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smoking a whole goose and a squirrel and need to know how to do it

post #1 of 11
Thread Starter 
I was wondering what is a good smoke for both the squirrel and goose because they will be smoking at the same time and cook temps and times for smoking if u could give me some pointers I would greatly appreciate it I have a bardley digital smoker and just starting to get into using it thanks
post #2 of 11

I've never done whole goose or squirrel, but I do make goose jerky and I use primarily cherry with a touch of mesquite. But mesquite is a strong smoke. Hopefully someone will post that has more experience.

post #3 of 11
Thread Starter 

Thanks for the tip

post #4 of 11

I prefer Hickory to any thing. But if you want a lighter smoke and still lots of flavor Cherry is hard to beat. We have used it for fish,squirrel and rabbit.

post #5 of 11

I've used a lot of Pecan if you can get it, lighter flavor, but good color.  Good luck.

post #6 of 11

deleted


Edited by danelmore - 6/9/12 at 6:38am
post #7 of 11

My son did a mix of apple and cherry, turned out really good, I could smell it from the driveway, and I just kinda floated into the house like a cartoon character. We got a free-range goose from Wal-mart, they have them for Christmas and several weeks late the price dropped significantly. Brined it salt, sugar, Old Bay seasoning, honey. Dusted it with Old Bay after olive oil rub down. used a foil pan to catch the drippings, had a lot. Made a gravy from some of the drippings and meat picked from the wings and legs, stirred in some forest fruit preserves from Aldi, with some red wine. went really good with the meat and roasted potatoes The rest of the drippings, wings, legs and carcass went into a pot to simmer for several hours to make a confit.Later I dipped into this to make bean soup which disappeared rather quickly. The fat layer peeled off with the skin and was very flavorful, my cats and dogs nearly killed each other to get it.The breast sliced easily into long slender slightly marbled slabs that would fit on a hoagie bun quite well. I would definitely do it again. One thing we noticed, during the brining process, goose fat rose to the surface and coated the water, and then the inside of the cooler when my son dumped it.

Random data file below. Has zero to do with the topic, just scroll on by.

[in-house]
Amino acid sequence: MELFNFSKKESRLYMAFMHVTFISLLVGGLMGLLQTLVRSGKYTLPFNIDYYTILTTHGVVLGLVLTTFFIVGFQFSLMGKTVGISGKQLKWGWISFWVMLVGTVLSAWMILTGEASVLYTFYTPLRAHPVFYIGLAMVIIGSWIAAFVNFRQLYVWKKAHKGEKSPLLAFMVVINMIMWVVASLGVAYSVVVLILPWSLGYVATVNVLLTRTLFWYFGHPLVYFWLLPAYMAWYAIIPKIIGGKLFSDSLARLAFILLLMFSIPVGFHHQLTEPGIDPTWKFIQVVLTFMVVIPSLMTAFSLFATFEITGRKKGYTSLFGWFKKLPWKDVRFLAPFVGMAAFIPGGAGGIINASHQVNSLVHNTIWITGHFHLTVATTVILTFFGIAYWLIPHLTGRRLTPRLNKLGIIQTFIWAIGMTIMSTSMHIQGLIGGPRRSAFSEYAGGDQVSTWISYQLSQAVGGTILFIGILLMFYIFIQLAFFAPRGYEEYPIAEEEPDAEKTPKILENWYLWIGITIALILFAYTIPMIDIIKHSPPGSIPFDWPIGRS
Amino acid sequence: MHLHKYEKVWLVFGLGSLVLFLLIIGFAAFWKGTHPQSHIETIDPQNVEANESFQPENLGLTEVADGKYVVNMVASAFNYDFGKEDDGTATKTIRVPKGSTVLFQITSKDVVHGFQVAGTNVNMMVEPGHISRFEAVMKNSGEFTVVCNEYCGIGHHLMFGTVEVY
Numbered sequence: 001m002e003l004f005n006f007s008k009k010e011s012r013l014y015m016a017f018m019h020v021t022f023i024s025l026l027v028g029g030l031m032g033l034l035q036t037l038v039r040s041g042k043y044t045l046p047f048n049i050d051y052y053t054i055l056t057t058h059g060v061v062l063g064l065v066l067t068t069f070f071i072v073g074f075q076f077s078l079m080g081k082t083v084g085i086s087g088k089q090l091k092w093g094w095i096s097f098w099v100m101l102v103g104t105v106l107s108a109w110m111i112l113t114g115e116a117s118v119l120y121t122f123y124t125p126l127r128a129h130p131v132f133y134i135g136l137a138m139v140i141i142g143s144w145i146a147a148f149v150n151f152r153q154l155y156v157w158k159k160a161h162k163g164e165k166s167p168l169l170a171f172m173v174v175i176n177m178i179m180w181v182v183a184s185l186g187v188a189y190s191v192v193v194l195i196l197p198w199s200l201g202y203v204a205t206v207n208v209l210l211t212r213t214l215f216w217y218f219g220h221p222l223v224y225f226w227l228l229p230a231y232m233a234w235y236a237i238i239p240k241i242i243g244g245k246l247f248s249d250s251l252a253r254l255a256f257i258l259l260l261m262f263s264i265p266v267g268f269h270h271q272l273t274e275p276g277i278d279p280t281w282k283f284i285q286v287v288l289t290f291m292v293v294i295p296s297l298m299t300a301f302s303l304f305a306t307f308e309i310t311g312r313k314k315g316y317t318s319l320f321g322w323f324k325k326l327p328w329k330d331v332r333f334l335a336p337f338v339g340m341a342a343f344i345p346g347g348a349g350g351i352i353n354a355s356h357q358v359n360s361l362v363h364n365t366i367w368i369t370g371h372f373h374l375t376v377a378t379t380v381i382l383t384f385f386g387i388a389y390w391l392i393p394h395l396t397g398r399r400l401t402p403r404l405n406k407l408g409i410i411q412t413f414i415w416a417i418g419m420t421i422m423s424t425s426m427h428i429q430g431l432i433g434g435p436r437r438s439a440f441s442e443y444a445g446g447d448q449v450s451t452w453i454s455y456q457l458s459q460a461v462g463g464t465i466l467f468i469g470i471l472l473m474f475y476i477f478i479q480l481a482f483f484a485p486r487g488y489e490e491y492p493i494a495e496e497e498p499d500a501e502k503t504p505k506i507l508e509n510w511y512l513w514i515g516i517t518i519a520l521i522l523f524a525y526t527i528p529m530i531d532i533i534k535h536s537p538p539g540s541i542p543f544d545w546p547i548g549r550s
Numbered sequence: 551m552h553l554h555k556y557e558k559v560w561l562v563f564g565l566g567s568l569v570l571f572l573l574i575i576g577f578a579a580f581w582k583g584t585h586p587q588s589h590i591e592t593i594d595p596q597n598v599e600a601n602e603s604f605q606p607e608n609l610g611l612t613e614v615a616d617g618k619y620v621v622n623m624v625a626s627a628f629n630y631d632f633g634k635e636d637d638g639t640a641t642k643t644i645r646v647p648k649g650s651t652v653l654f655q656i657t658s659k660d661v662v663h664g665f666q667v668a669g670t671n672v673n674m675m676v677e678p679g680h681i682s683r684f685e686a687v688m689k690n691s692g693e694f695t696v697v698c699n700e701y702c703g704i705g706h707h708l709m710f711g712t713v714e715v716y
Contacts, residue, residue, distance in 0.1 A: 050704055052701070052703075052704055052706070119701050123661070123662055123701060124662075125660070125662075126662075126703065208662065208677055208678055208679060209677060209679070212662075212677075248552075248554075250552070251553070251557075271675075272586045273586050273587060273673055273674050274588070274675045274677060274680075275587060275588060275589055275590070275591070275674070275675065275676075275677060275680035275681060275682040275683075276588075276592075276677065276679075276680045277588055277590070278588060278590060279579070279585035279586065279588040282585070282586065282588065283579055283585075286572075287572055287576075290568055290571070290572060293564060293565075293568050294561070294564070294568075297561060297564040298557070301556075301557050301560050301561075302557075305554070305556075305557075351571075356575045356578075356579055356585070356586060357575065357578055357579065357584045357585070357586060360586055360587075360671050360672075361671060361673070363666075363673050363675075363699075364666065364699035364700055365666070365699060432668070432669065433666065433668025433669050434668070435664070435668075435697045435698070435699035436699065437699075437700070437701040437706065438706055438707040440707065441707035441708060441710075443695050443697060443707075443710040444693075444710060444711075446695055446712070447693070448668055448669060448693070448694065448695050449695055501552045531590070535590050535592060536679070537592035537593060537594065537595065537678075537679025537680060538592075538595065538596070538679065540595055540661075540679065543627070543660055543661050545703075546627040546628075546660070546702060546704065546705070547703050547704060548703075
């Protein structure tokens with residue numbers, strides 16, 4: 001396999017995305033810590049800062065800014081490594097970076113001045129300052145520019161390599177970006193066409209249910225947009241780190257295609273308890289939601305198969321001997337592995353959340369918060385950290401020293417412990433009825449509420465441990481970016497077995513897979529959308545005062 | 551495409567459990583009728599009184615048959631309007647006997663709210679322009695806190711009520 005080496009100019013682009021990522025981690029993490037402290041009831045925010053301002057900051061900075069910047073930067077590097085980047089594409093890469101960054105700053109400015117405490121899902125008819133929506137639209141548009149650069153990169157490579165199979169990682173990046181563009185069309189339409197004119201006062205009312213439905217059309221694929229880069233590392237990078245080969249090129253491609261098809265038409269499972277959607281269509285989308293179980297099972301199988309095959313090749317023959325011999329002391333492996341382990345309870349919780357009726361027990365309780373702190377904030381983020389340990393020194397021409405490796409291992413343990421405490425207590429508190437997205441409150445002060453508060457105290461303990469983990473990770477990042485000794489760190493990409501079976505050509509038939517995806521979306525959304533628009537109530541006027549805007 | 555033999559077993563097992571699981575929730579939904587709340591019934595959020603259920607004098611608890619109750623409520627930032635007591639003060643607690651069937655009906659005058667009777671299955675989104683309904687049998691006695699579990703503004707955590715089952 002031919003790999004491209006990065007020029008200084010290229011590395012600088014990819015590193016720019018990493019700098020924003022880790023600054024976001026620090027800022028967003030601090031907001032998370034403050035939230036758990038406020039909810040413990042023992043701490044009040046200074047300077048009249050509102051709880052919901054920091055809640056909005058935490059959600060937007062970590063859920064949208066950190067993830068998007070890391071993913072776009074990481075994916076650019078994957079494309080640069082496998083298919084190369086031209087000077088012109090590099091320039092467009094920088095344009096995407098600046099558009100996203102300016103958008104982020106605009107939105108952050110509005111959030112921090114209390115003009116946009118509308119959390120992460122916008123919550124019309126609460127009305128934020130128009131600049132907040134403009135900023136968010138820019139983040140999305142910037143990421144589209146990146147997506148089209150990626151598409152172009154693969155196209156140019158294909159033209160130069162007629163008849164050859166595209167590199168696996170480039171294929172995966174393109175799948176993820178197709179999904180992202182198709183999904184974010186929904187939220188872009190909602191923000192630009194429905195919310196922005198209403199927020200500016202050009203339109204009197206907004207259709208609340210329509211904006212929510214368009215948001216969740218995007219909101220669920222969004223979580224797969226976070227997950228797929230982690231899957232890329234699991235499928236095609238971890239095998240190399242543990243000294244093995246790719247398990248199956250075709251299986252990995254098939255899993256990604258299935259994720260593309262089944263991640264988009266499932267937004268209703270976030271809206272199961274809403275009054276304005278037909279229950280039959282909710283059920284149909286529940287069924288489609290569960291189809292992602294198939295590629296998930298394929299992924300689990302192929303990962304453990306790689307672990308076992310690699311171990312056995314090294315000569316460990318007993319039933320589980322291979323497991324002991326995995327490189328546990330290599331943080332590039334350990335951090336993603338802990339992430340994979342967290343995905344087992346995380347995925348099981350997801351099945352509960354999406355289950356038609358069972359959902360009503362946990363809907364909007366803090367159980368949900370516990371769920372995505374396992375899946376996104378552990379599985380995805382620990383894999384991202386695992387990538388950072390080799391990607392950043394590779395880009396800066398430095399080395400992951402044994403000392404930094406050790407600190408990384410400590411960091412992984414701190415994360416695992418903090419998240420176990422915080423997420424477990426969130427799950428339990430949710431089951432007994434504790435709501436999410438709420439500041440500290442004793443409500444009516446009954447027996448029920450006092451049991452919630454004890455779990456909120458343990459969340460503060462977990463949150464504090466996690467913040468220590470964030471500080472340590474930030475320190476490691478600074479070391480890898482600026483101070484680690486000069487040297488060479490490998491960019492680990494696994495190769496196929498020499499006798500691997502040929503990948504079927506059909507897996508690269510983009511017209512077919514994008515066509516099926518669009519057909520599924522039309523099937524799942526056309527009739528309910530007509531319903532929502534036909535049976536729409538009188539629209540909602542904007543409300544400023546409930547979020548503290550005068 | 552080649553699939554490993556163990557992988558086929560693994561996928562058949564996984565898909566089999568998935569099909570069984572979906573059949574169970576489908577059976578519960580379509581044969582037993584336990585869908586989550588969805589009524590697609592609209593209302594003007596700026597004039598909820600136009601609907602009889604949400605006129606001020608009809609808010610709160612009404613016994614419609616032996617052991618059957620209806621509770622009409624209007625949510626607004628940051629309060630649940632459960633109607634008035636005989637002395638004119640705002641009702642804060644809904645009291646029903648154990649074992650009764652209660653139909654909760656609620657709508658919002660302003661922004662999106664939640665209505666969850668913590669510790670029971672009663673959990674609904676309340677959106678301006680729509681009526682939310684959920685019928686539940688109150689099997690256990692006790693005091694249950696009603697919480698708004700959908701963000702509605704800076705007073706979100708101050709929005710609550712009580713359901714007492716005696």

post #8 of 11

mesquite is a very harsh smoke, which is why if you use that use very LITTLE of it.

Goose I would use Pignut (oak) and hickory with a touch or apple or cherry. Sonce Goose is a darker, full bodied gamey meat you want a lighter wood that will not choke out the flavor and be over-bearing. Use mostly oak 75% and fruit wood 25% be careful! fruit wood ha s atendency to turn meat sometimes but goose should be ok!

 

squirrel is a lighter meat that tastes awesome FRIED! But if you smoke it you cant go wrong with red oak as a base smoke and pecan with a touch of hickory. The red oak will give a good basic flavor, hickory for layered taste and the pecan for color and a nice finish.

 

Hope this helps

post #9 of 11

I do Canada Geese, skinless smoked with cherry wood.  Season outside and cavity with whatever you like.  Stuff cavity with apples and onions.  Wrap in bacon to add some fat.  Put in a cheese clothe socket and smoke it.  Comes out very good.

post #10 of 11
Quote:
Originally Posted by Backwoods BBQ View Post

mesquite is a very harsh smoke, which is why if you use that use very LITTLE of it.

Goose I would use Pignut (oak) and hickory with a touch or apple or cherry. Sonce Goose is a darker, full bodied gamey meat you want a lighter wood that will not choke out the flavor and be over-bearing. Use mostly oak 75% and fruit wood 25% be careful! fruit wood ha s atendency to turn meat sometimes but goose should be ok!

 

squirrel is a lighter meat that tastes awesome FRIED! But if you smoke it you cant go wrong with red oak as a base smoke and pecan with a touch of hickory. The red oak will give a good basic flavor, hickory for layered taste and the pecan for color and a nice finish.

 

Hope this helps

 

There is no such thing as pignut oak, however there is a pignut hickory.

What do you mean when you say fruit wood has a tendency to "turn" meat?

post #11 of 11

sorry meant to say pignut and oak not pignut (oak) fruit woods can turn meat and make it bitter if you use too much of them or use them on lighter meats. This usually happens when you get a bitter taste to your meat.

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